Monday, 28 May 2012
Over the past three days I have walked up and down Bird Street more than a dozen times on my way into Lichfield from the Hedgehog, where I was staying for an extended weekend break at Pentecost.
Bird Street in Lichfield once had two hotels. The Swan has become a restaurant and apartments, but the George is still thriving. The street still has some wonderful restaurants, but it could well be described as a street of prelates and philanthropists, or a street of pubs and plaques.
The restaurants include: on the west side, Ask at the former Swan (No 27), the Wine House (No 27), Eastern Eye (No 19), Ma Ma (No 17) where the Lichfield Mercury once had its offices, the Thai Rainbow (No 15), Apres (No 13), Lal Bagh (No 9) and Green T (No 3); and on the east side: Ego, at New Minster House, Qmin (No 30), Sorrento (No 28), Jardin Punjabi (No 26), 3 Amigos, a new tapas bar at No 22, Damn Fine Cafe (No 16), formerly Doveston’s, and the Lounge on the corner or Market Street.
Bird Street was once home too to Soda Streat, the only Irish café that I knew of in Lichfield, but it closed about two or three years ago.
The newest cafe in the area opened last Tuesday – in the kiosk that was once the public lavatories on the corner of Beacon Street and Swan Street, opposite Ask and the former Swan in Bird Street.
The pubs on Bird Street once included the former Swan and still include the King’s Head (No 21), Apres (No 13), and the Gatehouse (No 1).
On the corner opposite New Minster House, there are plaques and a mosaic recalling the Lichfield-born writer Samuel Johnson (1709-1784), reminding us: “Dr Samuel Johnson Born in the City of Lichfield 1709 died 1784 this mosaic by John Myatt after a portrait by Sir Joshua Reynolds was donated to the Citizens of Lichfield in June 1976 by Lichfield District Arts Association and Berger Paints.”
On the wall of the former Swan Hotel, a plaque commemorates the Road and Path Cycling Association. The King’s Head, at No 21 Bird Street, has a plaque recalling Colonel Luke Lillingston, who raised a regiment of foot in the pub on 25 March 1705.
Other plaques include one at the George Hotel (Nos 12-14) recalling George Farquhar (1677-1707), the playwright and author of the Beaux Stratagem, who lived in an inn on the site when he was a lieutenant in the Grenadiers in 1705.
Further down Bird Street, on the shared wall at Temple Tree, a hair salon at No 11, and Lal Bagh, an Indian restaurant at No 9, a plaque commemorates Bishop Thomas Newton (1704-1782), who was born here, and his brother, Andrew Newton, the founder of Newton’s College. The plaque above No 11 and No 9 reads:
“Bishop Newton (Bristol) was born here. Born 1704 Died 1782 He was the brother of Andrew. The founder of Newton’s College in the city. Educated at Lichfield Grammar School.”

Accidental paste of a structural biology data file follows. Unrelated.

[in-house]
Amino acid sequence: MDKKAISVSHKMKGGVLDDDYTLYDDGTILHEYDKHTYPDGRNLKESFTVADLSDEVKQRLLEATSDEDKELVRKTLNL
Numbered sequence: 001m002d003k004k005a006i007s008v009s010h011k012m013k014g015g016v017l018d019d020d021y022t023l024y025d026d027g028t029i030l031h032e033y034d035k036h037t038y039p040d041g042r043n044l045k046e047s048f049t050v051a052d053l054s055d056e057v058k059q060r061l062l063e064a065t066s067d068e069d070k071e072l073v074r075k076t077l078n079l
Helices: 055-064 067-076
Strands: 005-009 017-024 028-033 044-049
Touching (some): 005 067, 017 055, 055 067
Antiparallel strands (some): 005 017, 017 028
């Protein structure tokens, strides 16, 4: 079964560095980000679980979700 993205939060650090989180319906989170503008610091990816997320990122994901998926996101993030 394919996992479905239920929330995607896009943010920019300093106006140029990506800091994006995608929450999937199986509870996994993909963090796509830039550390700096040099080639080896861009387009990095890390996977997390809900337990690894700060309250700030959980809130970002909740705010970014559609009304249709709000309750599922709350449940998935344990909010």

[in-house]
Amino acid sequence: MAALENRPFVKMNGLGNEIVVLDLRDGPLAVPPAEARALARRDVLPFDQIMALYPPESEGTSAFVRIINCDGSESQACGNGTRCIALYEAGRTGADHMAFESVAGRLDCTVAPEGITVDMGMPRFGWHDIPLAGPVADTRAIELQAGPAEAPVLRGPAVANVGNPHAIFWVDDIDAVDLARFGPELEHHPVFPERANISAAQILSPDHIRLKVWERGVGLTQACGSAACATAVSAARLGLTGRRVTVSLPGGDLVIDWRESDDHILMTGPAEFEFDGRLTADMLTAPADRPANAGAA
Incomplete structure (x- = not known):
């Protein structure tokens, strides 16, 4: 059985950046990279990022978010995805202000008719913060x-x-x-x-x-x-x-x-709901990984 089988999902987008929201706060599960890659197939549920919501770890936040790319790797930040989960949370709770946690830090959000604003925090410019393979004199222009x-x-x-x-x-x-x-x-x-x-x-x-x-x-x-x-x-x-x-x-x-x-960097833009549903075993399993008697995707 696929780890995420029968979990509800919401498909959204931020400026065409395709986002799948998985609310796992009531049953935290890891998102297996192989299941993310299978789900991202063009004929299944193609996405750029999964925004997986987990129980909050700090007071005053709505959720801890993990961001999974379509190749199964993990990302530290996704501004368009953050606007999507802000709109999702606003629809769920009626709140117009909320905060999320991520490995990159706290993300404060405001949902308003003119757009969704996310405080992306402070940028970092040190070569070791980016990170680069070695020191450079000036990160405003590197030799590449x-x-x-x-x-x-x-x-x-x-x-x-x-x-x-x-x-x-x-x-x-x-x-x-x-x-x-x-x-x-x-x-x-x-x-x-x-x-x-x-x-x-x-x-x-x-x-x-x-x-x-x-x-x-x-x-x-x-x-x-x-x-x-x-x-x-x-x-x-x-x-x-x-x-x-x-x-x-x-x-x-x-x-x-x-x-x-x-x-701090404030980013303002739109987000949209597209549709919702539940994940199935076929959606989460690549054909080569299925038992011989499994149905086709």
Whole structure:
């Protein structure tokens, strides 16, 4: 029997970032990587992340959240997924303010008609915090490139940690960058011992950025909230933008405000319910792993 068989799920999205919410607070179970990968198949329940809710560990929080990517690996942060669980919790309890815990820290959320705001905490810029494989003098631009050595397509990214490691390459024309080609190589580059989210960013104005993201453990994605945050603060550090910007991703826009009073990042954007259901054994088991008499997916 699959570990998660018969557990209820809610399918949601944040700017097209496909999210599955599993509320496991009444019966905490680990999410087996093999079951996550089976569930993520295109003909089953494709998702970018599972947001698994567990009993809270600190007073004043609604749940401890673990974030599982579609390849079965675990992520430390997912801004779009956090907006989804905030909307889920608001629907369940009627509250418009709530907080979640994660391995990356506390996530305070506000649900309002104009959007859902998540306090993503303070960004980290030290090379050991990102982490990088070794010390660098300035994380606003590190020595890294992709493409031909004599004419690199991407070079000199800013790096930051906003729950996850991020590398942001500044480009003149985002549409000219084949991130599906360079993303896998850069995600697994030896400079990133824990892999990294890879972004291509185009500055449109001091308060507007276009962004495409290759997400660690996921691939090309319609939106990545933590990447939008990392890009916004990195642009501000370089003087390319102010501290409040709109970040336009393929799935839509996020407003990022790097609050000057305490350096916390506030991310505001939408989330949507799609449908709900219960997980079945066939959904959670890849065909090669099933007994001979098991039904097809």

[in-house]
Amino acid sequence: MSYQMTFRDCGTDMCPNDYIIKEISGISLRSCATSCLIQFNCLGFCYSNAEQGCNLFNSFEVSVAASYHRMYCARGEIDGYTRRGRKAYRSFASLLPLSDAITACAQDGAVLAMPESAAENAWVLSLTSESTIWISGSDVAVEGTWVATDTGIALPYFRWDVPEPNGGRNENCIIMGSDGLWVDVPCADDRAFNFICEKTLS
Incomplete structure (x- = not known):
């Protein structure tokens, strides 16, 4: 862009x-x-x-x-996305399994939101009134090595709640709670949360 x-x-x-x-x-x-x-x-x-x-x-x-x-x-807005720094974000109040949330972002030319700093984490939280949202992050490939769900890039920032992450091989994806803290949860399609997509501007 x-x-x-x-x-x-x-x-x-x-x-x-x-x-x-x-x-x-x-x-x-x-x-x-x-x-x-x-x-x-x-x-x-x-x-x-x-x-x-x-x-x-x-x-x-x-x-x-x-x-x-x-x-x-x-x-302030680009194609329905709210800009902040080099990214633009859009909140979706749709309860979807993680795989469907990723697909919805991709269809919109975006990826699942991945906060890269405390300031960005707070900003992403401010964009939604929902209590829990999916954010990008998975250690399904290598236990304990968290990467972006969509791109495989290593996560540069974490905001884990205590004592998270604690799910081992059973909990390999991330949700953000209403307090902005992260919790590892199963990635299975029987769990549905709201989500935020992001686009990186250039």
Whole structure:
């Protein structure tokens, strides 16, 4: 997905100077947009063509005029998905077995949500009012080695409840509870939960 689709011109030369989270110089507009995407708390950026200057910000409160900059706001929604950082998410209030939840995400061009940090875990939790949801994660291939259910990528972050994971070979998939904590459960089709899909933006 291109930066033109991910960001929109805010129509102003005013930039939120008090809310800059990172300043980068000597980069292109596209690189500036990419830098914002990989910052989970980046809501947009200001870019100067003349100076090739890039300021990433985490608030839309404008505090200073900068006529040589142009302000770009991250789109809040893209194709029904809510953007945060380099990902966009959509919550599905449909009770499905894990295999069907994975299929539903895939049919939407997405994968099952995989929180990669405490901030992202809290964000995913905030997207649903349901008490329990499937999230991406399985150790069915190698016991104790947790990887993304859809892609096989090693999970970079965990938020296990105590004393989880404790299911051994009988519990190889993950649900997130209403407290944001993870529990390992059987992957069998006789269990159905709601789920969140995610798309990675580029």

No 11 and No 9 Bird Street are Grade II listed buildings. These two were originally two two-storey houses, built in the early 18th century. Forty years ago, the architectural historian Sir Nikolaus Pevsner, in his guide to Staffordshire (1974) noted that at the back of No 11 here was a domed room with a shell mosaic.
Thomas and Andrew Newton were the sons of a Lichfield brandy and cider merchant who lived at No 11 Bird Street. Thomas Newtown was born here on 1 January 1704, and was educated at Lichfield Grammar School before going on to Trinity College, Cambridge, where he was later elected a fellow.
A biblical scholar and author, his published works include his annotated edition of Paradise Lost, with a biography of John Milton, published in 1749. In 1754, he published a large scholarly analysis of the prophecies of the Bible, Dissertations on the Prophecies. In1761, he published yet another extensively annotated edition of Milton’s works, including Paradise Lost and Paradise Regained.
Newton famously regarded the “preservation of the Jews” as “one of the most signal and illustrious acts of divine Providence,” along with “the destruction of their enemies.”
He was consecrated Bishop of Bristol in 1761 and in 1768 he became the Dean of Saint Paul’s Cathedral, London. He died in London on 14 February 1782.
Further north, on Beacon Street, at the entrance to the Cathedral Close, is Newtown’s College, which was established by the bishop’s younger brother, Andrew Newton (1728-1806).
Despite its name, Newtown’s College is not an educational establishment. It was endowed with £20,000 by Andrew Newton in 1800 as an almshouse for the widows and unmarried daughters of clergy, particularly clergy who had served in Lichfield Cathedral.